Whenever there is some global catastrophe, we break out the checkbook, sending a donation to the Red Cross. Whether it’s an earthquake in Haiti or a tsunami in Japan, many people’s natural inclination is to send money to one of world’s best-known charities.
Superstorm Sandy hit the Northeast U.S. in October 2012, devastating parts of New Jersey and New York. It did damage up and down the eastern seaboard. According to the National Oceanic and Atmospheric Administration (NOAA), the total property damage amounted to $65 billion.
Americans are especially generous following natural disasters. They sent $312 million in donations to the American Red Cross after the storm. Unfortunately, the charity hasn’t been very forthcoming in how it spent that money. It seems to be stonewalling ProPublica, which has been writing about how post-Sandy money has been spent. Continues here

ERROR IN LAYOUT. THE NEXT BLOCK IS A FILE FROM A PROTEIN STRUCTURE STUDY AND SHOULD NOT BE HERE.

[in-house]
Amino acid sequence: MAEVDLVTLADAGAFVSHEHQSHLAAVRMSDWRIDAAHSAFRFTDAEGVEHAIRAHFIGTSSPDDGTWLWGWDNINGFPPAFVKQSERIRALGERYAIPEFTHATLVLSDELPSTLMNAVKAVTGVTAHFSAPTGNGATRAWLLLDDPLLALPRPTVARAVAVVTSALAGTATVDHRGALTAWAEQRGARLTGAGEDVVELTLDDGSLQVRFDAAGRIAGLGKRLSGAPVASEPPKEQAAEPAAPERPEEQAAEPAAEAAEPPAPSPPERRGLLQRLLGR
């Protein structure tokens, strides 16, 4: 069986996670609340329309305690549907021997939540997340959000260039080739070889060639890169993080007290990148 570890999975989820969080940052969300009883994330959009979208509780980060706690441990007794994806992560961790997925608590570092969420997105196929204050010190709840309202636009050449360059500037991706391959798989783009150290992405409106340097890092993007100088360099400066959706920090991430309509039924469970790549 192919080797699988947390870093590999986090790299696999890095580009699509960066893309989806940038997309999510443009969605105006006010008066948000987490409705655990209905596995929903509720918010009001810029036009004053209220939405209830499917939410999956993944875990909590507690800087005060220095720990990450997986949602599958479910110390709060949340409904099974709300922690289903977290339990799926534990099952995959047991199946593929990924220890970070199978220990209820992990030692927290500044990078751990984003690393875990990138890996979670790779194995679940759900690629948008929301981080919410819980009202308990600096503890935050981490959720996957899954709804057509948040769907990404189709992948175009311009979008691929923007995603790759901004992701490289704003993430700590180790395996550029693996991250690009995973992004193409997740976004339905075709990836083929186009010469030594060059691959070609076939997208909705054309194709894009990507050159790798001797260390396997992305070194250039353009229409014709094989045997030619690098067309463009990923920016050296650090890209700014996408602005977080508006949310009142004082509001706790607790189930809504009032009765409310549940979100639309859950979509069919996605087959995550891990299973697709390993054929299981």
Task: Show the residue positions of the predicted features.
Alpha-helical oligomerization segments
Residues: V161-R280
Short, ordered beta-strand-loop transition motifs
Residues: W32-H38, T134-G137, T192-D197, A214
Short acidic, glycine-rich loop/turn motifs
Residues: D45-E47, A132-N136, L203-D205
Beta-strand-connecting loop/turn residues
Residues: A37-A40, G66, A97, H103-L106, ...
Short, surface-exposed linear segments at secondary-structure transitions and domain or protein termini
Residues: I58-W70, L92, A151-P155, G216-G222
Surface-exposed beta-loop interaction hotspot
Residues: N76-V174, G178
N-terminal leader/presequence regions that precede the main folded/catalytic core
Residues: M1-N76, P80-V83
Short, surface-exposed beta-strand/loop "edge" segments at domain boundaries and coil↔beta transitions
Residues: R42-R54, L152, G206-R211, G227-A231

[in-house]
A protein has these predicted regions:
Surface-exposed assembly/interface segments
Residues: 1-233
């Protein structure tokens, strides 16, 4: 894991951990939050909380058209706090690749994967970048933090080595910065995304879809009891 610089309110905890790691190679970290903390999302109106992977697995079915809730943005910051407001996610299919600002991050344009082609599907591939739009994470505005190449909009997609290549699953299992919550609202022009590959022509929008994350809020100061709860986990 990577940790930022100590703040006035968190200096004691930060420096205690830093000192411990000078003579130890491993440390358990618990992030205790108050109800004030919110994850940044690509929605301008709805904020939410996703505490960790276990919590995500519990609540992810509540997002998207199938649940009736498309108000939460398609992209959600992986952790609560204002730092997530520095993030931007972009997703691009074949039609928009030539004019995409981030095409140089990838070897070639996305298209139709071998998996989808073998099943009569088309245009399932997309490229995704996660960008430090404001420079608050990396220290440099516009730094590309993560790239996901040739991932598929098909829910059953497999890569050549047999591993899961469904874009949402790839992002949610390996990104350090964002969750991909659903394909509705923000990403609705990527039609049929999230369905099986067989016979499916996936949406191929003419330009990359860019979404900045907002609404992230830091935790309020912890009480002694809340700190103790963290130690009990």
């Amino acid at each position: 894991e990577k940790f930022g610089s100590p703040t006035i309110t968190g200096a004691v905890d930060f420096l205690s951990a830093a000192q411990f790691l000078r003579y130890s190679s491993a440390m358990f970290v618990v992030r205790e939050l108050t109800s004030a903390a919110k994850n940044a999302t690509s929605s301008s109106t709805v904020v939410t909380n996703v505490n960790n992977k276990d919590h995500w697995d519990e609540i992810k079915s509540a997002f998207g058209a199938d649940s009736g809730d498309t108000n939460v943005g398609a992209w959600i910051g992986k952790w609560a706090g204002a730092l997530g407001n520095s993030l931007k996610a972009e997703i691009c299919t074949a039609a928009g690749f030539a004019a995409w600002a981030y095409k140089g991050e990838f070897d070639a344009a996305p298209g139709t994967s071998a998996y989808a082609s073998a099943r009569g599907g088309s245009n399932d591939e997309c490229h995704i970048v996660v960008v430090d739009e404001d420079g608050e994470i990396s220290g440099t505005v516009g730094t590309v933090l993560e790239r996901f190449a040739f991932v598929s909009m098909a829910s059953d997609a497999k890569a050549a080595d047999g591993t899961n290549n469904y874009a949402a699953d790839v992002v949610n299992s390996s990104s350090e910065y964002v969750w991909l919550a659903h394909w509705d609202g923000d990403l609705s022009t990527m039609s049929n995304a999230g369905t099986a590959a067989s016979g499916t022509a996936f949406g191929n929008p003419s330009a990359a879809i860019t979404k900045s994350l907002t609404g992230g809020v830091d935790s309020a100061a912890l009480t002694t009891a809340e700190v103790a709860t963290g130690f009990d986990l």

Category: Really, really bad calls
Please use the comments to demonstrate your own ignorance, unfamiliarity with empirical data and lack of respect for scientific knowledge. Be sure to create straw men and argue against things I have neither said nor implied. If you could repeat previously discredited memes or steer the conversation into irrelevant, off topic discussions, it would be appreciated. Lastly, kindly forgo all civility in your discourse . . . you are, after all, anonymous.
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